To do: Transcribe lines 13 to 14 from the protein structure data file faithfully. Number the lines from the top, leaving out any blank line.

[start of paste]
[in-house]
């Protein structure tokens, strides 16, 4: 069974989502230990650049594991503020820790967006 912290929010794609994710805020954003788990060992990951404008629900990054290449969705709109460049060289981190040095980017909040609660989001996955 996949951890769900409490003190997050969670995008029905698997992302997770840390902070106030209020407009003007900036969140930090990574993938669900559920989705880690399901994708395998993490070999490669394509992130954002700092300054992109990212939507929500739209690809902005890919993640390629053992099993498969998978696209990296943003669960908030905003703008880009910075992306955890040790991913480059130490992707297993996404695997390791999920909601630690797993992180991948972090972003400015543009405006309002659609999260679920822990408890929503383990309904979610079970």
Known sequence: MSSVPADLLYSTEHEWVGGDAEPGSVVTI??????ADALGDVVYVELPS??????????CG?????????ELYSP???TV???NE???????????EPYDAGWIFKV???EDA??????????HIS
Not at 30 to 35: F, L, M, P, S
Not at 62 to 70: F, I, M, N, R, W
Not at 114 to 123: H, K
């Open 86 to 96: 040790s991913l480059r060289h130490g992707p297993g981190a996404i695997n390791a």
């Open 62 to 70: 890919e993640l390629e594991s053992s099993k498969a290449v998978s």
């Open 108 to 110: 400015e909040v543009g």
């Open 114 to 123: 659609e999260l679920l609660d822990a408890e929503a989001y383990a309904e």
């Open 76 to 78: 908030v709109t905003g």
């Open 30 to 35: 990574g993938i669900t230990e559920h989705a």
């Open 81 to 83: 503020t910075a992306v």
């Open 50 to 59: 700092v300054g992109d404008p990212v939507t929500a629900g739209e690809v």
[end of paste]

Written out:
């Open 81 to 83: 503020t910075a992306v």
């Open 50 to 59: 700092v300054g992109d404008p990212v939507t929500a629900g739209e690809v």